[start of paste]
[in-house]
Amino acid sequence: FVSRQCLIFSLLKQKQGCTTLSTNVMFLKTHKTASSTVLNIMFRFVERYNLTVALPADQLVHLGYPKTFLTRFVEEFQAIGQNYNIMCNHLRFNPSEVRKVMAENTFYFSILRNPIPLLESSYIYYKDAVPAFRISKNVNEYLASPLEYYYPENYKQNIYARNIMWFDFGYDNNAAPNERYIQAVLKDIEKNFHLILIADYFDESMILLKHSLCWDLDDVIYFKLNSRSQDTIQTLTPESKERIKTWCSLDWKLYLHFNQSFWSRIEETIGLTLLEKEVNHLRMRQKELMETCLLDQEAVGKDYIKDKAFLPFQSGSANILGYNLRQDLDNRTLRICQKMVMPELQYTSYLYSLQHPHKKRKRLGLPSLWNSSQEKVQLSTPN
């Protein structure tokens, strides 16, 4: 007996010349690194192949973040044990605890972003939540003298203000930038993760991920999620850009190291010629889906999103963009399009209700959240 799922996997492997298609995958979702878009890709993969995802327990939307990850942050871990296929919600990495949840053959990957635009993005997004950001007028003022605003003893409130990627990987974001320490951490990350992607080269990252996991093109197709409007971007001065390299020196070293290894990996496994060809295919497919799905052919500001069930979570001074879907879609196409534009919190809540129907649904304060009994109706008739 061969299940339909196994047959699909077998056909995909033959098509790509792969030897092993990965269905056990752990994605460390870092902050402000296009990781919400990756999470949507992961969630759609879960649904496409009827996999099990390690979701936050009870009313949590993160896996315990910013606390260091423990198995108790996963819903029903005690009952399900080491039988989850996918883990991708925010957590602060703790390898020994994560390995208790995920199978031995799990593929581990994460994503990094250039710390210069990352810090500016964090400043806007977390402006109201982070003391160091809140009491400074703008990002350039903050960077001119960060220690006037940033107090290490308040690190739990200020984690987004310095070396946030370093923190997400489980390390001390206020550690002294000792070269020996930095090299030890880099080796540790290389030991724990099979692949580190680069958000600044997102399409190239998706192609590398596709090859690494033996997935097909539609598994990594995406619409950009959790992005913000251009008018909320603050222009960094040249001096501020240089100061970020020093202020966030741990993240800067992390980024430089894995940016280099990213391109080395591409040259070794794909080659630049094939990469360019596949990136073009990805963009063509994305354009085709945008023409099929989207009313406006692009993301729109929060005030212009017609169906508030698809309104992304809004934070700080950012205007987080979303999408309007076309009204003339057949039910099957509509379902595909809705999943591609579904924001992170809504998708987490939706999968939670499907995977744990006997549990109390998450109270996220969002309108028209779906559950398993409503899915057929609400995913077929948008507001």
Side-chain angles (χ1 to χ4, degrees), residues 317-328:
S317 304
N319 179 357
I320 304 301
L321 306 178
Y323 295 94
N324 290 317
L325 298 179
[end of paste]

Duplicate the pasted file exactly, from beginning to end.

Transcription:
[in-house]
Amino acid sequence: FVSRQCLIFSLLKQKQGCTTLSTNVMFLKTHKTASSTVLNIMFRFVERYNLTVALPADQLVHLGYPKTFLTRFVEEFQAIGQNYNIMCNHLRFNPSEVRKVMAENTFYFSILRNPIPLLESSYIYYKDAVPAFRISKNVNEYLASPLEYYYPENYKQNIYARNIMWFDFGYDNNAAPNERYIQAVLKDIEKNFHLILIADYFDESMILLKHSLCWDLDDVIYFKLNSRSQDTIQTLTPESKERIKTWCSLDWKLYLHFNQSFWSRIEETIGLTLLEKEVNHLRMRQKELMETCLLDQEAVGKDYIKDKAFLPFQSGSANILGYNLRQDLDNRTLRICQKMVMPELQYTSYLYSLQHPHKKRKRLGLPSLWNSSQEKVQLSTPN
């Protein structure tokens, strides 16, 4: 007996010349690194192949973040044990605890972003939540003298203000930038993760991920999620850009190291010629889906999103963009399009209700959240 799922996997492997298609995958979702878009890709993969995802327990939307990850942050871990296929919600990495949840053959990957635009993005997004950001007028003022605003003893409130990627990987974001320490951490990350992607080269990252996991093109197709409007971007001065390299020196070293290894990996496994060809295919497919799905052919500001069930979570001074879907879609196409534009919190809540129907649904304060009994109706008739 061969299940339909196994047959699909077998056909995909033959098509790509792969030897092993990965269905056990752990994605460390870092902050402000296009990781919400990756999470949507992961969630759609879960649904496409009827996999099990390690979701936050009870009313949590993160896996315990910013606390260091423990198995108790996963819903029903005690009952399900080491039988989850996918883990991708925010957590602060703790390898020994994560390995208790995920199978031995799990593929581990994460994503990094250039710390210069990352810090500016964090400043806007977390402006109201982070003391160091809140009491400074703008990002350039903050960077001119960060220690006037940033107090290490308040690190739990200020984690987004310095070396946030370093923190997400489980390390001390206020550690002294000792070269020996930095090299030890880099080796540790290389030991724990099979692949580190680069958000600044997102399409190239998706192609590398596709090859690494033996997935097909539609598994990594995406619409950009959790992005913000251009008018909320603050222009960094040249001096501020240089100061970020020093202020966030741990993240800067992390980024430089894995940016280099990213391109080395591409040259070794794909080659630049094939990469360019596949990136073009990805963009063509994305354009085709945008023409099929989207009313406006692009993301729109929060005030212009017609169906508030698809309104992304809004934070700080950012205007987080979303999408309007076309009204003339057949039910099957509509379902595909809705999943591609579904924001992170809504998708987490939706999968939670499907995977744990006997549990109390998450109270996220969002309108028209779906559950398993409503899915057929609400995913077929948008507001």
Side-chain angles (χ1 to χ4, degrees), residues 317-328:
S317 304
N319 179 357
I320 304 301
L321 306 178
Y323 295 94
N324 290 317
L325 298 179